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American Airlines CEO: ‘Bankruptcy is failure. We’re not going to do that’

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Aposto que esse número deve ser maior que 30 mil... Hoje são mais de 130 mil funcionários em todo mundo

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Special Jetwire – A Message from Doug Parker and Robert Isom

Thursday, July 2, 2020

Dear fellow team members,

As we navigate the ongoing coronavirus (COVID-19) pandemic, it’s imperative that we stay the course with our goals of bolstering liquidity, conserving cash and encouraging customers to travel.

Bolstering liquidity

We continue to make good progress to improve our liquidity, as evidenced last week with our raise of an additional $4.5 billion. We used $1 billion of the proceeds from these transactions to repay the recently arranged bridge term loan scheduled to mature in March 2021. Refinancing this loan means we won’t have any large non-aircraft debt obligations until 2022. Separately, we have signed a term sheet with the U.S. Department of the Treasury for a $4.75 billion loan under the CARES Act. We have to complete some legal work to reach a definitive credit agreement, but we expect to finalize that loan during the third quarter. Adding the expected CARES Act financing to our cash balance at the end of the second quarter results in liquidity of approximately $15 billion.

Conserving cash

We have also taken a number of steps to reduce costs and preserve cash. On the cost side, we removed more than $14.5 billion from our operating and capital budgets this year. This results in a positive trend on our cash burn rate, from more than $100 million per day in April to less than $35 million per day at the end of June. Our cash conservation is also helped by an improving trend in cash receipts: We saw approximately $11 million in cash receipts in April, $358 million in May and more than $1 billion in June. While that improvement is encouraging, it’s compared to an average of $4.2 billion each month during the same period in 2019, so we have a ways to go.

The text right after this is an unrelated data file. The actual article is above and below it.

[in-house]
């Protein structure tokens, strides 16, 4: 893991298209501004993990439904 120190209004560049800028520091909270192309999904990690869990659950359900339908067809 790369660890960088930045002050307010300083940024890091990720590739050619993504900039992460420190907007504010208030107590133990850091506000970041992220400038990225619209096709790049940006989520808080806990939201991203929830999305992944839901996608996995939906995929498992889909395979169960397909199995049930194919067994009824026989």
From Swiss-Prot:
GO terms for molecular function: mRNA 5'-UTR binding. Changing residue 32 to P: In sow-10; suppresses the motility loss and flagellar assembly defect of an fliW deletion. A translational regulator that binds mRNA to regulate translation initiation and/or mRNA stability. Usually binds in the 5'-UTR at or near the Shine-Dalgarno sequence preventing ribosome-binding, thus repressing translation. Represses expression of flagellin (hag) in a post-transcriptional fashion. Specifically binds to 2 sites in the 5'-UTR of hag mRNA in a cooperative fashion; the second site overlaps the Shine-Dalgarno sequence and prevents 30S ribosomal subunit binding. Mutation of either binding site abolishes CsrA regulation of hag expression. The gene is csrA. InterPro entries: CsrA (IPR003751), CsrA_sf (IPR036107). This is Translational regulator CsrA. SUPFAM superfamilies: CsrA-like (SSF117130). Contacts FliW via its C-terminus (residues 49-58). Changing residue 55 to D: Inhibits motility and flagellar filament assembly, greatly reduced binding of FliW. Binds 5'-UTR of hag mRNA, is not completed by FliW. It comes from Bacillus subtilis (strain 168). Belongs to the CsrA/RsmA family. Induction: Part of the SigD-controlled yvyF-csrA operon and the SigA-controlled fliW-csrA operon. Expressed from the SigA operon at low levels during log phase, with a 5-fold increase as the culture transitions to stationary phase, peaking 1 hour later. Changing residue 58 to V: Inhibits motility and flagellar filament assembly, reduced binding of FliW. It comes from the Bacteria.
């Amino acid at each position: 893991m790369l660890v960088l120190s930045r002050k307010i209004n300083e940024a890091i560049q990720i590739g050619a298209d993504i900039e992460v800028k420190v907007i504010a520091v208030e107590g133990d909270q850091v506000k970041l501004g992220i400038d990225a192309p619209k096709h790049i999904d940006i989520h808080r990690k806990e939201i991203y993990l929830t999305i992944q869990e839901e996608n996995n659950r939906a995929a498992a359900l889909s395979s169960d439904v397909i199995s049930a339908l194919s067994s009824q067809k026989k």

Encouraging customers to travel

As we have taken steps to promote public health on our aircraft, we have seen load factors moving in the right direction. Our system load factor has increased from 15% in April to 45% in May to 63% in June. This ability to meet customer demand is only made possible by putting safety and our commitment to clean travel at the forefront of our decisions. Face coverings are now mandatory for all customers and team members while at work. As team members report to work every day, we have temperature checkpoints in place, and we’re also asking customers to certify they are symptom-free before traveling. We have also started a new collaboration with Vanderbilt University Medical Center to create a Travel Health Advisory Panel, which will advise on health and cleaning matters. Finally, American is the first airline to work with the Global Biorisk Advisory Council on GBAC STAR Accreditation for our cleaning and disinfection practices for aircraft and lounges.

These efforts are crucial, and we like the trends they are driving. In April we flew 965,000 customers. In May that number improved to 2.7 million, and in June, it grew to 4.2 million. But to be clear, even with traffic trending upward, the absolute numbers behind these improvements are quite somber: The customer count for the same period last year was between 17 and 19 million each month.